Crystallizing moment

Published: September, 2006

Needle-like crystals of cholesterol could promote, trigger heart attacks.

What sets off a heart attack?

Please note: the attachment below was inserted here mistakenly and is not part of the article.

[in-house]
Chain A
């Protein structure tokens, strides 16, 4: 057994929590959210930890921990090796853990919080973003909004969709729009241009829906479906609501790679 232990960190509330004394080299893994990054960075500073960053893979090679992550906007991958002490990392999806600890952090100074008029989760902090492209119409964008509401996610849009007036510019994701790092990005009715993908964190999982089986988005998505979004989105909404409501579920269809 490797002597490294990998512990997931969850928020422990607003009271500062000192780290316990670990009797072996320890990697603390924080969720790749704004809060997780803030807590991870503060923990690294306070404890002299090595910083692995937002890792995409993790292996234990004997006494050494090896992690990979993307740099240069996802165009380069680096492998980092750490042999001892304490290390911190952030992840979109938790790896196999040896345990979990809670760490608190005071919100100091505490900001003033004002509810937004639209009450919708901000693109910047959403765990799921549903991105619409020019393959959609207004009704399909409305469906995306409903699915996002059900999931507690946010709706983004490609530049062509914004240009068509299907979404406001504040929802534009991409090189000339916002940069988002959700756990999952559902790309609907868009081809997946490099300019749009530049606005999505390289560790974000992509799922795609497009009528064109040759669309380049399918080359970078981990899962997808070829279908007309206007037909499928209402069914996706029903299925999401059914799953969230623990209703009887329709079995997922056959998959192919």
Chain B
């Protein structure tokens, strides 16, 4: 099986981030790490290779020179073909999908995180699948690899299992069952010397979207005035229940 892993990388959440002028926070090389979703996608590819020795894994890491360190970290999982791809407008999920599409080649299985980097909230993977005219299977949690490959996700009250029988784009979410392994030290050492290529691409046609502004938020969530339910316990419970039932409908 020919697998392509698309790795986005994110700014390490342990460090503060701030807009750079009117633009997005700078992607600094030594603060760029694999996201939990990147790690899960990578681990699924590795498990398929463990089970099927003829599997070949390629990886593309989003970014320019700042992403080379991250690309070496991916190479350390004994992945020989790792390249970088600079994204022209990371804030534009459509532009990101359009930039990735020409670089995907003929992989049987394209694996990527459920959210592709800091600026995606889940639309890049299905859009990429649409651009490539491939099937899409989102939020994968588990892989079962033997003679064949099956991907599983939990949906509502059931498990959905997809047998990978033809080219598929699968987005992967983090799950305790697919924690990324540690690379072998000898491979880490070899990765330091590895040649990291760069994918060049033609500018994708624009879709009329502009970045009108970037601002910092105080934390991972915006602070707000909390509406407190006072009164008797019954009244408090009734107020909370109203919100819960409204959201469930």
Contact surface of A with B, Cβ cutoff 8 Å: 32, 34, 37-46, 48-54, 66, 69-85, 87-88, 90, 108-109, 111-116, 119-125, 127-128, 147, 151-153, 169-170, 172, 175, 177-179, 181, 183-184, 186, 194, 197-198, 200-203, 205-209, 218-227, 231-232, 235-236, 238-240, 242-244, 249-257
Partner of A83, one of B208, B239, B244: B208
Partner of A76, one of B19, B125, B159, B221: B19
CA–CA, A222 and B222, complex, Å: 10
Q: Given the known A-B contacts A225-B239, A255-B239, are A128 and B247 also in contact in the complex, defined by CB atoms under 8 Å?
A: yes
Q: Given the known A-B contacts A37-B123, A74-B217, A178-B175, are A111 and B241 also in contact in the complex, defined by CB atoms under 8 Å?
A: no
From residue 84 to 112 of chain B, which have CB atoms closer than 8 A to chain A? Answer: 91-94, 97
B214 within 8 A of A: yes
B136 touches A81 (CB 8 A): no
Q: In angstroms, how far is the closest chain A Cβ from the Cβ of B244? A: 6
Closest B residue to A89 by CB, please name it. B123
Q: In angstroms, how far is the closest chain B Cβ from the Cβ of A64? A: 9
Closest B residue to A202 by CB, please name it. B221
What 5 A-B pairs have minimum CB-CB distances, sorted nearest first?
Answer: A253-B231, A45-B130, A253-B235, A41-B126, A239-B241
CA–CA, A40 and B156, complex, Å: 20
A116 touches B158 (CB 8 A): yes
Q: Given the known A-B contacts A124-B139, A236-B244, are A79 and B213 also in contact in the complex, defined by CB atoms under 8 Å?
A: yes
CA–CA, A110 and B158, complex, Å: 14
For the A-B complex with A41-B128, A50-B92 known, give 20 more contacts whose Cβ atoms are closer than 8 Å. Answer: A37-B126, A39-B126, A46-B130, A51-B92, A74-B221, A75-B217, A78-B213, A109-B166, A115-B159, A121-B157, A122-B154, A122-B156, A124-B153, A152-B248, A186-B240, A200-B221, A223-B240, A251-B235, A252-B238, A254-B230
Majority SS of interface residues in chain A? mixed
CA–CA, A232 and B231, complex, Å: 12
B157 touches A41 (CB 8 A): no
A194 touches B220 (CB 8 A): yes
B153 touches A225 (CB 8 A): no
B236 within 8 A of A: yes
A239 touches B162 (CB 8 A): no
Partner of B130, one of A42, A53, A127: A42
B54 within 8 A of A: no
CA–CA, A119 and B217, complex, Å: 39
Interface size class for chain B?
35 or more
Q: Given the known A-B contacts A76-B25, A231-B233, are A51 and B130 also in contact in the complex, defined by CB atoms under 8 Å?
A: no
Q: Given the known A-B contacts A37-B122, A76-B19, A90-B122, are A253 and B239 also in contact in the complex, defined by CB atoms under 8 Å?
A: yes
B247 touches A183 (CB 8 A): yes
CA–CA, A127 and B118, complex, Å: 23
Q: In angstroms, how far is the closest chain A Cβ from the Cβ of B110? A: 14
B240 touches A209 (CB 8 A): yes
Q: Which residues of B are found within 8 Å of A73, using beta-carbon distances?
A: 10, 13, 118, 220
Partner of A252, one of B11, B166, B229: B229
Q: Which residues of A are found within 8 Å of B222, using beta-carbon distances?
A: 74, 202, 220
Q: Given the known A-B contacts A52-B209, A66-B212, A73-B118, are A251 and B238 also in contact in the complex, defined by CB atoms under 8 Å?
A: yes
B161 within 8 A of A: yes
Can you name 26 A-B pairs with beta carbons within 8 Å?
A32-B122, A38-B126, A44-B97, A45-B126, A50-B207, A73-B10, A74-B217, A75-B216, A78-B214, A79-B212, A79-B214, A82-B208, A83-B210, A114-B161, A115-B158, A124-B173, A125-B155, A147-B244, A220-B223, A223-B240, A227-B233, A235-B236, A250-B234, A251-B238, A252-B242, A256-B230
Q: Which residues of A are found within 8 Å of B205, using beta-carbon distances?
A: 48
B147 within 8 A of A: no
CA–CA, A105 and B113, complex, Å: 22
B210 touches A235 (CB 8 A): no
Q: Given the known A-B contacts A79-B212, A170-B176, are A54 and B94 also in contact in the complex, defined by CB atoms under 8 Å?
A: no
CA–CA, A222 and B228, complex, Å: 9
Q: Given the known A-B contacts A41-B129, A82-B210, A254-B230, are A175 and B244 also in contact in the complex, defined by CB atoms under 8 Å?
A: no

The steps leading up to one have been fairly well worked out: Cholesterol accumulating in patches along artery walls is attacked by white blood cells, eventually creating a gooey fluid covered by a skinlike cap. It often takes decades for these cholesterol-filled plaques to develop, and they can sit snugly in an artery wall for years. But what makes a plaque break open and leak its contents into the bloodstream, causing a clot that can block an artery supplying the heart (starting a heart attack) or brain (starting a stroke)?

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